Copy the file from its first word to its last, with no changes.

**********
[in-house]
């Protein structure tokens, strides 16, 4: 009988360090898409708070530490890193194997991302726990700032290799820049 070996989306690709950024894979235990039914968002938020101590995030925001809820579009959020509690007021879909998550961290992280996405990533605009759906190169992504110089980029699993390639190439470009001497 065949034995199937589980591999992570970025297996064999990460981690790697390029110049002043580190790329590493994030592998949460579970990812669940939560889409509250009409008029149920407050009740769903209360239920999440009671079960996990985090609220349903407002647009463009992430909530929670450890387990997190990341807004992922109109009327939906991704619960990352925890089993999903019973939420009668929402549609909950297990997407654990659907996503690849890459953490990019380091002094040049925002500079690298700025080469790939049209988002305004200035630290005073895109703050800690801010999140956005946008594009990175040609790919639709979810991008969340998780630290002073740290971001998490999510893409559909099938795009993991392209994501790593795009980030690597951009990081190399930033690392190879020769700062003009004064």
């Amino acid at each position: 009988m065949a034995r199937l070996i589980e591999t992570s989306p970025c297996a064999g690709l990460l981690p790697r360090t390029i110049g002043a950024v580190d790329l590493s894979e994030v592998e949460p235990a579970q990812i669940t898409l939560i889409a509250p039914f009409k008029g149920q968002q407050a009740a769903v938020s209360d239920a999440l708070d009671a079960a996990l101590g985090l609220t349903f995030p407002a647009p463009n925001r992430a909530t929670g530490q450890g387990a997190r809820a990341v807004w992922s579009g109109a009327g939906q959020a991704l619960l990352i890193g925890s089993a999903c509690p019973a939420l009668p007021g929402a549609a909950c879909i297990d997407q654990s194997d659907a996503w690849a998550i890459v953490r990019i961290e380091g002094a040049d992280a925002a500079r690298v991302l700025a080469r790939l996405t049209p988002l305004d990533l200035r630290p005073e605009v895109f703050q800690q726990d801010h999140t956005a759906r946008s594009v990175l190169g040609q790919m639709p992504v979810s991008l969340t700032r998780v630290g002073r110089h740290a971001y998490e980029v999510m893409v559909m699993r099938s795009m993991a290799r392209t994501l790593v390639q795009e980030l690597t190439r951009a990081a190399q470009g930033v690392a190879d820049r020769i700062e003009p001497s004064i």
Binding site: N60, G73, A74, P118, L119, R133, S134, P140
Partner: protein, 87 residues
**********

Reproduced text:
[in-house]
């Protein structure tokens, strides 16, 4: 009988360090898409708070530490890193194997991302726990700032290799820049 070996989306690709950024894979235990039914968002938020101590995030925001809820579009959020509690007021879909998550961290992280996405990533605009759906190169992504110089980029699993390639190439470009001497 065949034995199937589980591999992570970025297996064999990460981690790697390029110049002043580190790329590493994030592998949460579970990812669940939560889409509250009409008029149920407050009740769903209360239920999440009671079960996990985090609220349903407002647009463009992430909530929670450890387990997190990341807004992922109109009327939906991704619960990352925890089993999903019973939420009668929402549609909950297990997407654990659907996503690849890459953490990019380091002094040049925002500079690298700025080469790939049209988002305004200035630290005073895109703050800690801010999140956005946008594009990175040609790919639709979810991008969340998780630290002073740290971001998490999510893409559909099938795009993991392209994501790593795009980030690597951009990081190399930033690392190879020769700062003009004064």
């Amino acid at each position: 009988m065949a034995r199937l070996i589980e591999t992570s989306p970025c297996a064999g690709l990460l981690p790697r360090t390029i110049g002043a950024v580190d790329l590493s894979e994030v592998e949460p235990a579970q990812i669940t898409l939560i889409a509250p039914f009409k008029g149920q968002q407050a009740a769903v938020s209360d239920a999440l708070d009671a079960a996990l101590g985090l609220t349903f995030p407002a647009p463009n925001r992430a909530t929670g530490q450890g387990a997190r809820a990341v807004w992922s579009g109109a009327g939906q959020a991704l619960l990352i890193g925890s089993a999903c509690p019973a939420l009668p007021g929402a549609a909950c879909i297990d997407q654990s194997d659907a996503w690849a998550i890459v953490r990019i961290e380091g002094a040049d992280a925002a500079r690298v991302l700025a080469r790939l996405t049209p988002l305004d990533l200035r630290p005073e605009v895109f703050q800690q726990d801010h999140t956005a759906r946008s594009v990175l190169g040609q790919m639709p992504v979810s991008l969340t700032r998780v630290g002073r110089h740290a971001y998490e980029v999510m893409v559909m699993r099938s795009m993991a290799r392209t994501l790593v390639q795009e980030l690597t190439r951009a990081a190399q470009g930033v690392a190879d820049r020769i700062e003009p001497s004064i």
Binding site: N60, G73, A74, P118, L119, R133, S134, P140
Partner: protein, 87 residues